According to Google, a lightworker is “a special person with almost psychic ability to intuit what other people are thinking, feeling, or need in order to heal.”
We do not need psychic abilities to be a lightworker. I have seen lightworkers busy doing their thing, everywhere, every day.
My son is a lightworker when he snuggles up to me and utters, “I love you, mommy.”
My dog is a lightworker when she wags her tail and licks a stranger’s hand.
The man who pumps my gas who asks me a question instead of staring at his phone is a lightworker. The stranger who passes me on the street, meeting my eyes, followed by his warm smile, is a lightworker.
Children are lightworkers, bringing their vulnerability and openness to everyone they meet.
A lightworker is someone who wants to yell back at her Facebook friend for the post about a political candidate of the opposing political party, but instead writes, “Thanks for sharing,” and takes a walk instead.
A lightworker takes a moment before lashing out at Verizon for charging so much for service. A lightworker is the one who lashes out before apologizing for taking out their money frustrations on a stranger.
A lightworker connects us to the feelings of regret or sadness through the words of a song, and is the one who listens in the quiet of their bedroom, weeping alone.
The man who stands in the freezing temperatures directing traffic away from the road construction is a lightworker, as well as the one who puts her hands upon a man’s leg, healing his tumor.
Deer grazing and birds flying in unison are lightworkers, as is the homeless man who tugs at our heartstrings, reminding us to have gratitude for all we have been given in life.
The grief-stricken man who forgives the police officer who shot his unarmed brother and the woman who bakes homemade chocolate chip cookies, spreading sweetness in the world, are lightworkers.
The young woman who stands up in court, speaking her anger and grief to her perpetrator, is a lightworker.
We do not have to have a profession as a spiritual teacher or become Instagram famous to be a lightworker. Handing another a blanket when they are cold, letting a car pass in front even when we are in a rush, texting a friend whose radio silence could be a sign of her struggles, and saying “I am sorry” are all signs of lightworkers doing our job.
Getting out of bed when we feel like hiding and standing in front of an audience speaking about “shame and vulnerability” are the actions of a lightworker. Sharing our story so others feel less alone and listening to a friend with all our attention are signs of lightworkers doing our thing.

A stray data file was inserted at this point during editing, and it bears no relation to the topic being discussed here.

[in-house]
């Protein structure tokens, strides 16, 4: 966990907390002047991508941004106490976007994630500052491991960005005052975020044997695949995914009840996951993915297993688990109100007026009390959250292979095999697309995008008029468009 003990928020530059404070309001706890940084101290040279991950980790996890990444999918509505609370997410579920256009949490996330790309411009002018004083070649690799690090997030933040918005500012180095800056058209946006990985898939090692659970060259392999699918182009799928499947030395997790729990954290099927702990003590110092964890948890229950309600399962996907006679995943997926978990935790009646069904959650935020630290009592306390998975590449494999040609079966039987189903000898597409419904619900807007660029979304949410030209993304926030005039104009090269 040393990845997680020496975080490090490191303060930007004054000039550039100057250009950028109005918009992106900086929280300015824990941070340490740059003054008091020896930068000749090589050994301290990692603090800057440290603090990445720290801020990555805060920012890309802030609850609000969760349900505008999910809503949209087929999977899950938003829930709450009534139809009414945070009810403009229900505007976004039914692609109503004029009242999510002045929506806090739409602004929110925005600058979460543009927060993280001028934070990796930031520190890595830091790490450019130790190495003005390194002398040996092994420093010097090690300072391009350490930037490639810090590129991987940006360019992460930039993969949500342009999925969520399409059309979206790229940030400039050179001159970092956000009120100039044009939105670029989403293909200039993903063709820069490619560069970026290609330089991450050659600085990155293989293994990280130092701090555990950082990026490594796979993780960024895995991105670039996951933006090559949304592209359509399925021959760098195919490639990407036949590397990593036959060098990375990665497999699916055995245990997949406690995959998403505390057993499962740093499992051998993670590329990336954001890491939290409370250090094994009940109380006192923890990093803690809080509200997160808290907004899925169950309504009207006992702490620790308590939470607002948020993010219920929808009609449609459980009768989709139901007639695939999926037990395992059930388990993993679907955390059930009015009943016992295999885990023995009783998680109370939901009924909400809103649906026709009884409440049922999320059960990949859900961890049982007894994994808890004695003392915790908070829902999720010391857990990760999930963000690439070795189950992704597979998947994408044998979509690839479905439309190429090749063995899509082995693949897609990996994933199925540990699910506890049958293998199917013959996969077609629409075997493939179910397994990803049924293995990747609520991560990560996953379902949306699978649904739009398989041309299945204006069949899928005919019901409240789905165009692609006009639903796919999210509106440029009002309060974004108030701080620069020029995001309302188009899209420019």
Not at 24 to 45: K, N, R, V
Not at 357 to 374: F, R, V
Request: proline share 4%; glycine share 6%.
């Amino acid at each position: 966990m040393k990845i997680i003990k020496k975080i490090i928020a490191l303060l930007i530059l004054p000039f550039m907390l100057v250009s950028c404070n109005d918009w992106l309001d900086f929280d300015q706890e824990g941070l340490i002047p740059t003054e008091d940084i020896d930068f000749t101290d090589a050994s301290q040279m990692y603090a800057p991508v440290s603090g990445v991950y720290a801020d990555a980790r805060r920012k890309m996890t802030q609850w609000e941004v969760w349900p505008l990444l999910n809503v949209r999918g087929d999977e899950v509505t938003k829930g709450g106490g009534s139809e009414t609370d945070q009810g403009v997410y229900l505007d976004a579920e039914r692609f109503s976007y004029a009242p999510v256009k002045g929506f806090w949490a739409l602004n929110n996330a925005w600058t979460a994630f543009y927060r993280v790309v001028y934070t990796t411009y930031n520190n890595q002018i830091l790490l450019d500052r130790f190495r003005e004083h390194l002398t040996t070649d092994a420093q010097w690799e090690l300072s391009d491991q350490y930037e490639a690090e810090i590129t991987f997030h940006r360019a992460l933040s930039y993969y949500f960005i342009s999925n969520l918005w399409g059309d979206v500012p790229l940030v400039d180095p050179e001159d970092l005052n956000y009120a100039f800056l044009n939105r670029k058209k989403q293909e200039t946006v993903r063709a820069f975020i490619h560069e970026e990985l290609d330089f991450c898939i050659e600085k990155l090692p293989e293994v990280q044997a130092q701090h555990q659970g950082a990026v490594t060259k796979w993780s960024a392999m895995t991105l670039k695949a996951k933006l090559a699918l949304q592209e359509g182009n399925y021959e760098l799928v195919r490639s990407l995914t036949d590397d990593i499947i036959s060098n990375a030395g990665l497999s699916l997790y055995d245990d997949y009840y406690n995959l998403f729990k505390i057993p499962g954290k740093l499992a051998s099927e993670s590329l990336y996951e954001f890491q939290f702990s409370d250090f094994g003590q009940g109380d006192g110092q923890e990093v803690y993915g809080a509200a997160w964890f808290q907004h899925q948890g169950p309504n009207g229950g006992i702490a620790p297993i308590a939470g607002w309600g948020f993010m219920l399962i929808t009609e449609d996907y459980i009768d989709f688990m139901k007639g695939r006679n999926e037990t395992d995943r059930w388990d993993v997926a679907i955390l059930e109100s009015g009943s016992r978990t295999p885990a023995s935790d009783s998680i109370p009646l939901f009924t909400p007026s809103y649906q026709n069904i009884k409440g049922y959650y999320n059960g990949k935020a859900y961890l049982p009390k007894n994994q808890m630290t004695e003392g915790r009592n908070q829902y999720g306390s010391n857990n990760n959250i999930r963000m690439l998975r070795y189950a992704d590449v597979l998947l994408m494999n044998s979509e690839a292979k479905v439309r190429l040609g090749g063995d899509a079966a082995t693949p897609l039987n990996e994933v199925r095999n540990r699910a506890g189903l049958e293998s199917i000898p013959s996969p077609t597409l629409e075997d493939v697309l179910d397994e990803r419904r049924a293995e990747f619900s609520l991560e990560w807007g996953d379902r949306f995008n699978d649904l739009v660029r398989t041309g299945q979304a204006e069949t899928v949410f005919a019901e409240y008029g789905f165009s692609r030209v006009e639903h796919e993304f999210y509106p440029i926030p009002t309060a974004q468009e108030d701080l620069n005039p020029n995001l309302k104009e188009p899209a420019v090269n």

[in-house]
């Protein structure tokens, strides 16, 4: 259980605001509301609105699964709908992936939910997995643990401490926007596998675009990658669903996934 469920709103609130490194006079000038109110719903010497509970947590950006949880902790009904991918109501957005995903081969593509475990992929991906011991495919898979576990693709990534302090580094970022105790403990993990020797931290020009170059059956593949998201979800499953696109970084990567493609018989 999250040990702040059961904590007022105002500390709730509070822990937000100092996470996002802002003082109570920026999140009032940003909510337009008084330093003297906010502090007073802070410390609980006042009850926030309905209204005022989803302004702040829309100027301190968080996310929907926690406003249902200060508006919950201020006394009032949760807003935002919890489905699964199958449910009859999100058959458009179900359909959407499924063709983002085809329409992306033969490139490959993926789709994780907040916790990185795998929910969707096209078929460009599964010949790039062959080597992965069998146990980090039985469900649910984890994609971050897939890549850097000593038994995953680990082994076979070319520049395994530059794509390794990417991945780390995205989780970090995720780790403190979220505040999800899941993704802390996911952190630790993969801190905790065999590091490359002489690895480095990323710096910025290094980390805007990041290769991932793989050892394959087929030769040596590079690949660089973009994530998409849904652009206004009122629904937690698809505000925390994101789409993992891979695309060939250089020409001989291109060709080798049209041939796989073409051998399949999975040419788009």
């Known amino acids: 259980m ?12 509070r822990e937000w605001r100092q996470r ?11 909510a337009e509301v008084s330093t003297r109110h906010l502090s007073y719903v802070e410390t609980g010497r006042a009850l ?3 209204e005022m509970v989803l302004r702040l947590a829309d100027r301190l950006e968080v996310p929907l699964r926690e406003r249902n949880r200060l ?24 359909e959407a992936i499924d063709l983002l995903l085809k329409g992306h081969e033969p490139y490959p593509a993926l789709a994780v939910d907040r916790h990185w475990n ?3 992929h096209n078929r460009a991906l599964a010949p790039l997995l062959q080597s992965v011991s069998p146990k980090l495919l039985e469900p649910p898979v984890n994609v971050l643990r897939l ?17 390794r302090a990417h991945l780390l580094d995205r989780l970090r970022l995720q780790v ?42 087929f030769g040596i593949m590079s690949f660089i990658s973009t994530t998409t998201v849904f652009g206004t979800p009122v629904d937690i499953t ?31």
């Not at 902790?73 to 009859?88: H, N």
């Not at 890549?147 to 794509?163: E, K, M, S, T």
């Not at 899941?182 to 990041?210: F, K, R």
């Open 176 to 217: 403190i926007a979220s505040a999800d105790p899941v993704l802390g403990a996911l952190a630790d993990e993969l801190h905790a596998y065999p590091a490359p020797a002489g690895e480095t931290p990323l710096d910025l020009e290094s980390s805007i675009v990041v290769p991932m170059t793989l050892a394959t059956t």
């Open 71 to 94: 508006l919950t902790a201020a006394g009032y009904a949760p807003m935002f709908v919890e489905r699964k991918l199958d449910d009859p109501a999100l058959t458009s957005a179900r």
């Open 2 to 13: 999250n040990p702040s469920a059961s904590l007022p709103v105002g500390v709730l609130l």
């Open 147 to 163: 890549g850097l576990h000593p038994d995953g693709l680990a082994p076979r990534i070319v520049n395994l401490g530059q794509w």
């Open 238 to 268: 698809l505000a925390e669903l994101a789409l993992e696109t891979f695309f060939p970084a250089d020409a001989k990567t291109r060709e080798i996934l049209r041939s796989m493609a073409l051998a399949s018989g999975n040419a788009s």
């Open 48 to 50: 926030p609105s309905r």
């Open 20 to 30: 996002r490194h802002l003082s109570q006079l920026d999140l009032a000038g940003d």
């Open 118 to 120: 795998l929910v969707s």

Lightworkers fall down and break apart. We also get back up. We remember it is our mission to walk away when our soul is waking up, and then to help another do the same.
We stop in the road to help a deer who has wandered out into traffic, and put a hot meal on the table for our family. We take our children out for ice cream, and laugh when we see their face covered in chocolate. We get our hands dirty, and clean up our messes when we make a mistake. We work long hours so our family can go on vacation at the beach. We collect clothing for those who are in need and send cards to our elderly grandmother who feels alone in the world.
All lightworkers are angels, their wings hidden beneath their human facade.
We all came here to be lightworkers. We just need to get on to how we are to use our gifts in the world. We may become a comedian creating laughter, or we may be willing to pick up everyone’s trash each Monday. We may organize rides for those without cars, or give temporary jobs to the unemployed.
We connect one another by running support groups, networking lunches, and book clubs. We share what is on our mind and in our hearts.
Lightworkers are agents of change, bringing light into the darkness.
The whistleblower. The mother who allows her son, the addict, to become lost and hit rock bottom so that he can find his way back. These are lightworkers.
A lightworker is even the person who takes the time to put on a new roll of toilet paper for the next person.
Lightworkers reach out, cry, laugh, lend a hand, say no, speak the truth, face their fears, fetch the newspaper, create beautiful bows, cook, clean, love, share, respond, walk away, and connect. They are healing our world.
The next time you pass someone on the street, look them in the eye, smile, and say silently or aloud, “Thank you.” And then give yourself the same gratitude.
We are all doing so much more than we know to bring light and love into our world.
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